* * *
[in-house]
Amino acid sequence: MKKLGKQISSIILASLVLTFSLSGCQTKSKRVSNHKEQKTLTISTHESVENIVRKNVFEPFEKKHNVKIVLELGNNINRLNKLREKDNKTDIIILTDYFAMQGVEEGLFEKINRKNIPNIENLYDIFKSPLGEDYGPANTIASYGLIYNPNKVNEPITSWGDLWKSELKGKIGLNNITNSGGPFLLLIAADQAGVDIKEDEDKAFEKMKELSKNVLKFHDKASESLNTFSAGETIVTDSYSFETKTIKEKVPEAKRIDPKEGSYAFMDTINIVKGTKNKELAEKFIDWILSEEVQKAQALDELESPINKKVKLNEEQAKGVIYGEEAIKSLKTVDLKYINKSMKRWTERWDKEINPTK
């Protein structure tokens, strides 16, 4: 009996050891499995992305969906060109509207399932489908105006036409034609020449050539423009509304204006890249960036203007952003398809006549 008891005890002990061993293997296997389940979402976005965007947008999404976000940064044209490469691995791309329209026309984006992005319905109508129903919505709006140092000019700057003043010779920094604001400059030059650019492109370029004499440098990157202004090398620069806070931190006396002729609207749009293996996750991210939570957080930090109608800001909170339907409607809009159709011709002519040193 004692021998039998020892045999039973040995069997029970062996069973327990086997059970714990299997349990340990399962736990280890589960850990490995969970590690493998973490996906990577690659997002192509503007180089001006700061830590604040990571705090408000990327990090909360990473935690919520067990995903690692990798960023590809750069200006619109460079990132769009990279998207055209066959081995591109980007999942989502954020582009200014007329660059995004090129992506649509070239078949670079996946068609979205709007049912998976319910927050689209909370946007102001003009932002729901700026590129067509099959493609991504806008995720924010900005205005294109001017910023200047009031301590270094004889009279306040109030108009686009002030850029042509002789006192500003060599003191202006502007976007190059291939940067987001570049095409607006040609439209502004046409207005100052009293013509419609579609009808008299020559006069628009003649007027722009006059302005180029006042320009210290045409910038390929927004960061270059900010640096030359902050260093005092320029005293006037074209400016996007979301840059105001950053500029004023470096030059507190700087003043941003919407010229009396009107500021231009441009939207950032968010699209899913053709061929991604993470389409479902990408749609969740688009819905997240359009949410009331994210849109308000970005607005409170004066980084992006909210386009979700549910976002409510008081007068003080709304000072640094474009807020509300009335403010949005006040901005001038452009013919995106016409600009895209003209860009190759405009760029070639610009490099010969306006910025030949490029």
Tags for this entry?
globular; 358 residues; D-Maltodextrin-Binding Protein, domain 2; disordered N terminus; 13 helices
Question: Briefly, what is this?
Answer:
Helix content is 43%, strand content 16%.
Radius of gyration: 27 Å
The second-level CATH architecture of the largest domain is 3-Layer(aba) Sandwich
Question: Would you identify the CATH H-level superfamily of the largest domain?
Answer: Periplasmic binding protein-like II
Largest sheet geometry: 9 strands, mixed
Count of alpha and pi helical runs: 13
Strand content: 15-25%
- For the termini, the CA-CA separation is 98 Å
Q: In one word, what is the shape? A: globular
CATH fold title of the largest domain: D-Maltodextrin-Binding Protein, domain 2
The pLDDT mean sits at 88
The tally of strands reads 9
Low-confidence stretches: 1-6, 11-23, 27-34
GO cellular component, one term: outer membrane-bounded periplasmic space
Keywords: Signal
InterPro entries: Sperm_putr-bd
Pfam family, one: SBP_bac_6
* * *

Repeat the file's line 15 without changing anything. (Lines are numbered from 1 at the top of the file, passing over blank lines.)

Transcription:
Strand content: 15-25%